written for The New York Times

IN the mid-1950’s, Roger Tory Peterson moved to a quiet hill in Old Lyme, where, until he died in 1996, he worked intensely on the bird guides for which he was famous.

Last spring, after Mr. Peterson’s wife, Virginia, died, an ornithologist visited the more than 60 acres where the Petersons had lived. He was stunned at how many birds he saw. It wasn’t just that the Petersons put out feeders.

“Even calibrating for that, there was just a plenitude that was the upper 10 percent of the scale,” said Pete Dunne, vice president for natural history information at the New Jersey Audubon Society.

He said it was almost as if the birds knew they had sympathetic hosts when they stopped to find berries, rest or court.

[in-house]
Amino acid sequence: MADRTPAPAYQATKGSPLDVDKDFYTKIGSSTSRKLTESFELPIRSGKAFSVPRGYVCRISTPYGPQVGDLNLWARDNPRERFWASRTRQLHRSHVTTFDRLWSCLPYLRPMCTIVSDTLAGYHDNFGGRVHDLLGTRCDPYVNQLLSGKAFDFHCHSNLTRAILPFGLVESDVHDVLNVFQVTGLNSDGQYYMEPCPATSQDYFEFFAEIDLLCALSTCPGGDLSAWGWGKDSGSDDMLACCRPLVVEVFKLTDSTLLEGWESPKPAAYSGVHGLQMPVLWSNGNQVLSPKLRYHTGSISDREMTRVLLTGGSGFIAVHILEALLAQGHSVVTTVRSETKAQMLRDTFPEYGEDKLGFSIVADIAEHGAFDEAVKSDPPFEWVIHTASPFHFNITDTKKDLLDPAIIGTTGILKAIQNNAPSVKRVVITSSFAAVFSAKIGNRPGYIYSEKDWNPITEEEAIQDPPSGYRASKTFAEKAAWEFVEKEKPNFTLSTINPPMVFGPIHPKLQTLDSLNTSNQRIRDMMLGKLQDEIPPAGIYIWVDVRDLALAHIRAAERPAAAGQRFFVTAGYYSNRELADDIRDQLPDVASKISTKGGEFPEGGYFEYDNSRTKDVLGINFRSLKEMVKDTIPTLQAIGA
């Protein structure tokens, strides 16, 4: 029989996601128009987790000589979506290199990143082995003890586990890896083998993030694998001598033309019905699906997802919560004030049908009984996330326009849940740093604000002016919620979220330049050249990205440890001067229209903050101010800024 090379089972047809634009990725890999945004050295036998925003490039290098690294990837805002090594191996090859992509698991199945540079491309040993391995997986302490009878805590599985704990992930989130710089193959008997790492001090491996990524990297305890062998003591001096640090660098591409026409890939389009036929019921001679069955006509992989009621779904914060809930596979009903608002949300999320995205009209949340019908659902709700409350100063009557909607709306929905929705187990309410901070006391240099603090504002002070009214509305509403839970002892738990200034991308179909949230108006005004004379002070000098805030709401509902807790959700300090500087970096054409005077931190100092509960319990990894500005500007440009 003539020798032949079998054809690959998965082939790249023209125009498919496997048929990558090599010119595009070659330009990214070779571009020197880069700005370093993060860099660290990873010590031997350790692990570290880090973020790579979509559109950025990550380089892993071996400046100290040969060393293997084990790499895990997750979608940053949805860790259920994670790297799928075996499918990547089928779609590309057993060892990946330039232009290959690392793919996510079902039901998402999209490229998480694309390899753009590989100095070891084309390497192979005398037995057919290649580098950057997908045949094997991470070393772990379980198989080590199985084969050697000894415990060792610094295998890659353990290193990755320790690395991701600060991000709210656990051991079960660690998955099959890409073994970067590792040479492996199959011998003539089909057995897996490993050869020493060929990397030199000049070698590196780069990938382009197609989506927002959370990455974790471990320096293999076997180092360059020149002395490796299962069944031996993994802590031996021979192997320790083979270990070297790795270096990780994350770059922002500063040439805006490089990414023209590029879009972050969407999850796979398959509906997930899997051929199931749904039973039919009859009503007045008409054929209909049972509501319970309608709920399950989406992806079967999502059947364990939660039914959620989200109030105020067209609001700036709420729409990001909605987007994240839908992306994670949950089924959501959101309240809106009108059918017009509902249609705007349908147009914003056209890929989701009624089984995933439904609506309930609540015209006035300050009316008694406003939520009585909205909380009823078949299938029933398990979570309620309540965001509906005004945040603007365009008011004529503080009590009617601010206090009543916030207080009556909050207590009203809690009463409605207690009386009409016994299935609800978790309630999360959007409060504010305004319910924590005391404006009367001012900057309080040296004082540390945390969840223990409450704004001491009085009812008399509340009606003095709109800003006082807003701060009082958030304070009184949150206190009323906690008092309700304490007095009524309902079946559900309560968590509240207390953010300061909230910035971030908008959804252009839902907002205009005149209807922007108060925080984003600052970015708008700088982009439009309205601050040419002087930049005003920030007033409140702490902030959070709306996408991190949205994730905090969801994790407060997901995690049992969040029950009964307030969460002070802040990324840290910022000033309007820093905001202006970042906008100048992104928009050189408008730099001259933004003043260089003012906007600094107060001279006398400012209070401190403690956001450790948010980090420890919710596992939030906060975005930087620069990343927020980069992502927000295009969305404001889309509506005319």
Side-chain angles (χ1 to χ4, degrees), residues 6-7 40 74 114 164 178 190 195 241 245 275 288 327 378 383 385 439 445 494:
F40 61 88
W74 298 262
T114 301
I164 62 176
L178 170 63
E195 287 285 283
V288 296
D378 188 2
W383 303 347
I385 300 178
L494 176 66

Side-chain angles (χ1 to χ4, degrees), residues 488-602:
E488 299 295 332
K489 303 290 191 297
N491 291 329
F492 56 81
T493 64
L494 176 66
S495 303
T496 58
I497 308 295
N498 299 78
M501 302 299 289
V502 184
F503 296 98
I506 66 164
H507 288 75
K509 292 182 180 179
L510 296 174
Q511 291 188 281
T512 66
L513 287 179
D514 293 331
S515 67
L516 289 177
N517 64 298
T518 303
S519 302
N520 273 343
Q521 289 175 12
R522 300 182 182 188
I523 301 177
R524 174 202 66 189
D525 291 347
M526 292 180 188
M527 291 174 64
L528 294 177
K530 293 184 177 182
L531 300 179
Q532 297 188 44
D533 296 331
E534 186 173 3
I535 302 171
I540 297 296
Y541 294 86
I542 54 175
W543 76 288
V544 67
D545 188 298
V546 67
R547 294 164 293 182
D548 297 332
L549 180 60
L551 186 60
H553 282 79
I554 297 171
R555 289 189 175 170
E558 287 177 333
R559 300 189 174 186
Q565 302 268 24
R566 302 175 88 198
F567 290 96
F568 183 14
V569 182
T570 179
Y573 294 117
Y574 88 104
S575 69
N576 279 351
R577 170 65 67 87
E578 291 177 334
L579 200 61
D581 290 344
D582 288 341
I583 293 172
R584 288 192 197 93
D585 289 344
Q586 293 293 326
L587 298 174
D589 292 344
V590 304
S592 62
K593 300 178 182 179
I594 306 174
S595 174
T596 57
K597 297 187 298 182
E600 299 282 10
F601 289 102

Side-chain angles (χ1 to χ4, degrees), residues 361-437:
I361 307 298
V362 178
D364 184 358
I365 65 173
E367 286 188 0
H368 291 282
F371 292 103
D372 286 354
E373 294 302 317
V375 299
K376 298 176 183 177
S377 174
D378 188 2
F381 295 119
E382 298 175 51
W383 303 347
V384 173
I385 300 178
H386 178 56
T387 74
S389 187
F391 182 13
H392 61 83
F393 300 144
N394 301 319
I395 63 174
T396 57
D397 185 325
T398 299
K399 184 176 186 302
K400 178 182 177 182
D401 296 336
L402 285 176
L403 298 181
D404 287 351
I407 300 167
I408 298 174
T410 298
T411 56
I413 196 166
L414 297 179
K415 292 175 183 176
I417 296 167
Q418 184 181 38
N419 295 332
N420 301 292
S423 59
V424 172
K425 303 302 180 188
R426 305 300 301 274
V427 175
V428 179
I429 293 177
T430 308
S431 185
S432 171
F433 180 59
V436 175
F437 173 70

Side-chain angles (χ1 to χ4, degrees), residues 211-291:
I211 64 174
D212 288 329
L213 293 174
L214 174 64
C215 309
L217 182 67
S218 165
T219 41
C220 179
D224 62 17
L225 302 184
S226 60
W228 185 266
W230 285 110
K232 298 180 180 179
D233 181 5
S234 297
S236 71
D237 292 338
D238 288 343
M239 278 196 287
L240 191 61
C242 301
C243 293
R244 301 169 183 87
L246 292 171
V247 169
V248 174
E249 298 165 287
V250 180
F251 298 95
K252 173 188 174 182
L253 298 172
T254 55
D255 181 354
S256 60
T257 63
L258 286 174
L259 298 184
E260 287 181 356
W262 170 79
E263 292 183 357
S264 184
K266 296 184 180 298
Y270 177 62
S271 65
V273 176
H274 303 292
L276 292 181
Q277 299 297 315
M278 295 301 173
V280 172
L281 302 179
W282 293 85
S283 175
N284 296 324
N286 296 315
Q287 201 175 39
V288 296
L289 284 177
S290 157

Read the rest at The New York Times website by clicking here: http://www.nytimes.com/2002/02/03/nyregion/trying-to-save-a-refuge-for-b…


About This Article

When I covered Old Lyme for The Day, the newspaper in New London where I worked for several years, I met Roger Tory Peterson once, a few years before he died. I approached this one with the understanding of how important Peterson’s land was to his work life. This article was published by The New York Times on February 3, 2002, and currently appears in its entirety on their website at the following address: http://www.nytimes.com/2002/02/03/nyregion/trying-to-save-a-refuge-for-b….


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